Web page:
What You Need to Know About Changes to Washington’s LLC Act – Part II: What’s in a Name?

By March 8, 2016 March 4th, 2020 No Comments

liz west on Flickr“What’s in a name? that which we call a rose
By any other name would smell as sweet;”
–       William Shakespeare, “Romeo and Juliet”

What does Shakespeare’s tale of star-crossed adolescent lovers have to do with business law? In truth, not much. Indeed, unlike the often-referenced Shakespearean speech in which Juliet laments that a name should hold no meaning, a name is an essential component of a business’s identity. When a new business entity is formed, it is important for the organizers to “claim” a name for the business. The good news here is that recent changes to Washington’s laws governing business entities have streamlined and standardized the process a new business must follow to reserve a name.

As I wrote in my first post in this series about changes to Washington’s laws governing business entities enacted pursuant to the HUB Bill, January 1, 2016 marked not only a new year but a number of sweeping changes to our state’s laws governing business entities. Prior to the new law, one statute, RCW 25.15.015, set forth the steps for reserving a name for a limited liability company (LLC), while a different statute, RCW 23B.04.020, set out a different process for a corporation to claim a name.

Now, there’s one consistent process for reserving a business name. Specifically, any Washington-based business entity can reserve a name by making a filing consistent with Section 1303 of the Hub Act. For Washington entities, this process is codified at RCW 23.95.310. RCW 23.95.310 sets forth the process for reserving a business entity name as follows:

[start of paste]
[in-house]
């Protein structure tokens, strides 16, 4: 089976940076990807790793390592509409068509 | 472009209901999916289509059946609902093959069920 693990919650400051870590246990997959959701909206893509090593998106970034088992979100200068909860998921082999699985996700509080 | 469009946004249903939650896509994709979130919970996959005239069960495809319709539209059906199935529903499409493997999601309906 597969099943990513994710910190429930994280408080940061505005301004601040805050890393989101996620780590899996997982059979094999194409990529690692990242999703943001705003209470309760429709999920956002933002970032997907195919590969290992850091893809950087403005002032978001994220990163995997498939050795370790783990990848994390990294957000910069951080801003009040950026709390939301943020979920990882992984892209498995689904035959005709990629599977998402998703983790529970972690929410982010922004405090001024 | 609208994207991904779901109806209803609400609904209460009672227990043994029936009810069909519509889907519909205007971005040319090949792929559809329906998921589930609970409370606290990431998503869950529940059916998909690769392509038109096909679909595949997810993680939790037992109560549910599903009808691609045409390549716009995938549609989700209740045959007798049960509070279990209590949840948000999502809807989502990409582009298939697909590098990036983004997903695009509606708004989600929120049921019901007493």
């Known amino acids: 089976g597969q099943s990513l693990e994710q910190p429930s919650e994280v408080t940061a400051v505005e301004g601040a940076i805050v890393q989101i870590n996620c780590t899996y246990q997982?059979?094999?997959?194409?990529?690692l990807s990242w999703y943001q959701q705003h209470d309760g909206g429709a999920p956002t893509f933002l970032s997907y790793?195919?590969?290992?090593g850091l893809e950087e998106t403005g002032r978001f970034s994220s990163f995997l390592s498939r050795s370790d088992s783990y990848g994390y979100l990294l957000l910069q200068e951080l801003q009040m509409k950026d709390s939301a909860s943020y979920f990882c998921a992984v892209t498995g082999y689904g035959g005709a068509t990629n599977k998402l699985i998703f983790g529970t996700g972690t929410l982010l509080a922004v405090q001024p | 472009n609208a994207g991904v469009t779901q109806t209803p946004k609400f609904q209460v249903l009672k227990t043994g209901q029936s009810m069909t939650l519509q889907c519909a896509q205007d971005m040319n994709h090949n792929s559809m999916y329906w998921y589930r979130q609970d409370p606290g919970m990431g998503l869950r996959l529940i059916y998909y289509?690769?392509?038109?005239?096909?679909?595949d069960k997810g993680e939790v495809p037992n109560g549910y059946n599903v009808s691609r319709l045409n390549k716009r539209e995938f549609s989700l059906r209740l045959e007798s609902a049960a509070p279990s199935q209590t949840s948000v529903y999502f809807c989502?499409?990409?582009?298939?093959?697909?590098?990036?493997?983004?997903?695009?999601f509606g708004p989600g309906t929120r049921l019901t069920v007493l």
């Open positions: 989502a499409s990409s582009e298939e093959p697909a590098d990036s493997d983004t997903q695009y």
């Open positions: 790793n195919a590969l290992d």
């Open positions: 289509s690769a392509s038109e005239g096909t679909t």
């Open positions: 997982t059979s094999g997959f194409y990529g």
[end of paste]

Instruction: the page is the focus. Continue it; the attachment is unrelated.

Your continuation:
RCW 23.95.310 – Reservation of name. (Effective January 1, 2016.)

(1) A person may reserve the exclusive use of an entity name including the alternate name adopted pursuant to RCW 23.95.525 by delivering an application to the secretary of state for filing. The application must state the name and address of the applicant and the name to be reserved. If the secretary of state finds that the entity name is available, the secretary of state shall reserve the name for the applicant’s exclusive use for one hundred eighty days.

(2) The owner of a reserved entity name may transfer the reservation to another person that is not an individual by delivering to the secretary of state an executed notice in a record of the transfer which states the name and address of the transferee.

For “foreign” entities, which means any entity formed in any jurisdiction outside Washington, the process for reserving a name to conduct business under in Washington is slightly more complex. It can be found at RCW 23.95.315.

Thinking about starting a business and need to reserve your business name? Give us a call – we’re happy to discuss the legal considerations with entity formation and beyond.

Photo credit: liz west on Flickr

This post is for informational purposes and does not contain or convey legal advice. The information herein should not be used or relied upon in regard to any particular facts or circumstances without first consulting with an attorney.

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